Cooperative purchasing programs seeing double-digit growth
Texas’ TCPN joins two other major programs to form independent alliance
Procurement through cooperative purchasing among public entities has enjoyed double-digit growth since last year. Government officials – from public schools to cities, counties, nonprofits and institutions of higher education – are leveraging the purchasing power of thousands of government entities through shared contracts that allow them to cut costs significantly and stretch taxpayer dollars. It’s no small wonder that the growth of cooperative purchasing programs has exploded over the last decade.
Cooperative contracting involves one agency taking the lead on a procurement and awarding a contract to a vendor. Then, several agencies can make future purchases off that single contract.
In Texas, one of the largest and most successful cooperative purchasing programs is The Cooperative Purchasing Network (TCPN). The organization has the backing of the Region IV Education Service Center (ESC), one of the largest ESC’s in thenation, which serves as the lead agency for TCPN. Region IV ESC awards all the contracts for TCPN using a competitive bid process. All bidders are advised that their contract may be used by other government entities across the country. More than 37,000 entities currently use at least one TCPN contract.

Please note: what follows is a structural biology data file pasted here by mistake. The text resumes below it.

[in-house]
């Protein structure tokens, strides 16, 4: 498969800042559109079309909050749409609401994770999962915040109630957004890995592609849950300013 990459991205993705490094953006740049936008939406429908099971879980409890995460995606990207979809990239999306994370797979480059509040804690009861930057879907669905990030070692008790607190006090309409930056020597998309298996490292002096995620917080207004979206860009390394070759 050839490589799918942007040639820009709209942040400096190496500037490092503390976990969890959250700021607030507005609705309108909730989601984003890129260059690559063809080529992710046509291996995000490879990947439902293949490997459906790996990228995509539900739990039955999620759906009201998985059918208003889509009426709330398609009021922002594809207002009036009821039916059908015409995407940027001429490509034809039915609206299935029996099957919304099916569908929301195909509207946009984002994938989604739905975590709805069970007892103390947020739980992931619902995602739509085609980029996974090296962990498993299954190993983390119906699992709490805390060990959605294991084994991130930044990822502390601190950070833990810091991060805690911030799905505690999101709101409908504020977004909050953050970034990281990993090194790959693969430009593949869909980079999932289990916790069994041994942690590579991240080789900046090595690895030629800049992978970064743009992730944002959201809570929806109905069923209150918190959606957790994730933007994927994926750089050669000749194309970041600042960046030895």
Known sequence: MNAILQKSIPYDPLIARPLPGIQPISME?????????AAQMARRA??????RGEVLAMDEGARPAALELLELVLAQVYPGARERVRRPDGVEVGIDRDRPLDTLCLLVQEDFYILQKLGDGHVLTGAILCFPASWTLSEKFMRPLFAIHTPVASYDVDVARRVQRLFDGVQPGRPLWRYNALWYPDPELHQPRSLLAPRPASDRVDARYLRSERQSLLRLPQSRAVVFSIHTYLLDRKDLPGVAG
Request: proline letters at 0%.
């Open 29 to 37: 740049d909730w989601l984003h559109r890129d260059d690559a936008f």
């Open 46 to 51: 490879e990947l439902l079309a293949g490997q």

TCPN recently joined two other of the largest cooperative procurement programs in the country – National IPA and NJPA – to form an independent alliance whose goal is to promote excellence in cooperative procurement practices and to vet other interests of those who are part of public procurements.
The trio of programs seeks to involve industry representatives such as procurement officials, agencies, vendors, cooperative programs and professional associations. Organizers hope to be able to assist these individuals in achieving their purchasing goals.
Saying cooperative purchasing programs have become a “best practice in public procurement,” National IPA’s Andrea Scobie (pictured), vice president of marketing, said the alliance is hopeful that those who specialize in public procurement will become part of the group. “We want this group to consist of all facets that cooperative programs touch, so that everyone feels that they have a voice.
The National Institute of Governmental Purchasing (NIGP), hailed the formation of the alliance of the three cooperative programs “in support of sound public procurement practice and a commitment to the profession’s values.” NIGP officials called cooperative procurement a “valuable option” being utilized by public entities to stretch tax dollars.
“This is an historic period for cooperative procurement and cooperative programs supporting the public sector,” said an NIGP statement. “Through our collective efforts and commitments, we preserve a contracting practice that expands agency capacity to provide the many services desired and expected by their communities.”